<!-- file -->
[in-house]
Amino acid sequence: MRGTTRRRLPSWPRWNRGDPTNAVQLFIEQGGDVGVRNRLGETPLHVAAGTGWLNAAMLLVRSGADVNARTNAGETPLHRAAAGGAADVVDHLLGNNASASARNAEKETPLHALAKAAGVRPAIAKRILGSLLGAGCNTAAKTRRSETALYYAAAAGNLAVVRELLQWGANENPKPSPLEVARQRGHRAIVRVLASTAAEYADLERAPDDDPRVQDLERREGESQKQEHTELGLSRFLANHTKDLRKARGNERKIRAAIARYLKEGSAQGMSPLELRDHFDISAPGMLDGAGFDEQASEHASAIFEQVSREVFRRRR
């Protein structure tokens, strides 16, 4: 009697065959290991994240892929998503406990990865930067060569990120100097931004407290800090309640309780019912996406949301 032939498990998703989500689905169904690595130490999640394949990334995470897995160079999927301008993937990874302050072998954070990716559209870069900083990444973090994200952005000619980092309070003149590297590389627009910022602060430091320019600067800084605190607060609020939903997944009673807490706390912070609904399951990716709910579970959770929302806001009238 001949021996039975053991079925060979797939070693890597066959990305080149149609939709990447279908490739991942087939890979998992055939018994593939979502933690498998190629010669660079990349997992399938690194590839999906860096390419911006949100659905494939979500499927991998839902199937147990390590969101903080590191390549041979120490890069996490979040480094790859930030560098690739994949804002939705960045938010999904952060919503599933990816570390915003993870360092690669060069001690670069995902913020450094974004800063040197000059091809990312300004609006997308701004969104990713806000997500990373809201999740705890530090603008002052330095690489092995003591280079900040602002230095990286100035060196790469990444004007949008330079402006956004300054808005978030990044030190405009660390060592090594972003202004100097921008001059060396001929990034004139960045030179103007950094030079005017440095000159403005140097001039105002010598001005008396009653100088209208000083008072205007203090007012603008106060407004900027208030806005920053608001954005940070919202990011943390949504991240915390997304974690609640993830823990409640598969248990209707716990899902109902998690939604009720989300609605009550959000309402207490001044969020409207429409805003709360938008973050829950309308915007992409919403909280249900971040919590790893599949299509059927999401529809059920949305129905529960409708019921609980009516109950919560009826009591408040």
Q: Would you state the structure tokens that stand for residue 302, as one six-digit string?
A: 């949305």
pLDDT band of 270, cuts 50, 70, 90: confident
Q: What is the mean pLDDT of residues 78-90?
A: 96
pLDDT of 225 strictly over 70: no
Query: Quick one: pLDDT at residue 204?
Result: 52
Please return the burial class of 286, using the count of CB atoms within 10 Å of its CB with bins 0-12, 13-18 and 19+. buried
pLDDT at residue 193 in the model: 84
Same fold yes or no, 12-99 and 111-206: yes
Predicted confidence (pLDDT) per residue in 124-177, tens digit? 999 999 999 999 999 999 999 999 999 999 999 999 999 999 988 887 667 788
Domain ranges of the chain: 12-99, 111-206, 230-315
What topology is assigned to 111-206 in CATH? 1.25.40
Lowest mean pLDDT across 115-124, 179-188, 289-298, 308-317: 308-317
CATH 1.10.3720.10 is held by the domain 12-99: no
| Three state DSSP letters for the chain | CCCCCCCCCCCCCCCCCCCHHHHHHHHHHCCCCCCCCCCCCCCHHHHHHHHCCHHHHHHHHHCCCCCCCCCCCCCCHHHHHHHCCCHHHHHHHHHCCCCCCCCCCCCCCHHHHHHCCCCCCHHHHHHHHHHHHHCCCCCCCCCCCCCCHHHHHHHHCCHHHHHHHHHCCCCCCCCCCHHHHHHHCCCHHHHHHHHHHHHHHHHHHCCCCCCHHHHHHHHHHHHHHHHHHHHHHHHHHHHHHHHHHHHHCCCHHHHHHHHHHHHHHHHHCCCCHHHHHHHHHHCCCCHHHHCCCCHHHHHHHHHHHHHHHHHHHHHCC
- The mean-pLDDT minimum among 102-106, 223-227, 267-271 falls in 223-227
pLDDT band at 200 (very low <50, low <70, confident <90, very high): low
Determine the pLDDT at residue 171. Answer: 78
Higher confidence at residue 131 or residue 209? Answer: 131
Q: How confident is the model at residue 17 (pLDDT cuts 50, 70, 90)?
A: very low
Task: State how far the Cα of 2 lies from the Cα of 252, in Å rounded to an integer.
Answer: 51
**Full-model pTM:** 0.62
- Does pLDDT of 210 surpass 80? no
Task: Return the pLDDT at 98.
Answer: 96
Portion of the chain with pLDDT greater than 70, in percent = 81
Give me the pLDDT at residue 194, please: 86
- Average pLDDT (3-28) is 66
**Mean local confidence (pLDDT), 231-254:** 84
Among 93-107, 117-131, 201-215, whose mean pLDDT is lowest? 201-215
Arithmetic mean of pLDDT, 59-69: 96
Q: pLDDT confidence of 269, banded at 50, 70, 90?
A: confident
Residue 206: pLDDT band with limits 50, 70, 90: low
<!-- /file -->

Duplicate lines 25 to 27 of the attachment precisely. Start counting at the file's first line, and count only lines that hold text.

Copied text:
Q: How confident is the model at residue 17 (pLDDT cuts 50, 70, 90)?
A: very low
Task: State how far the Cα of 2 lies from the Cα of 252, in Å rounded to an integer.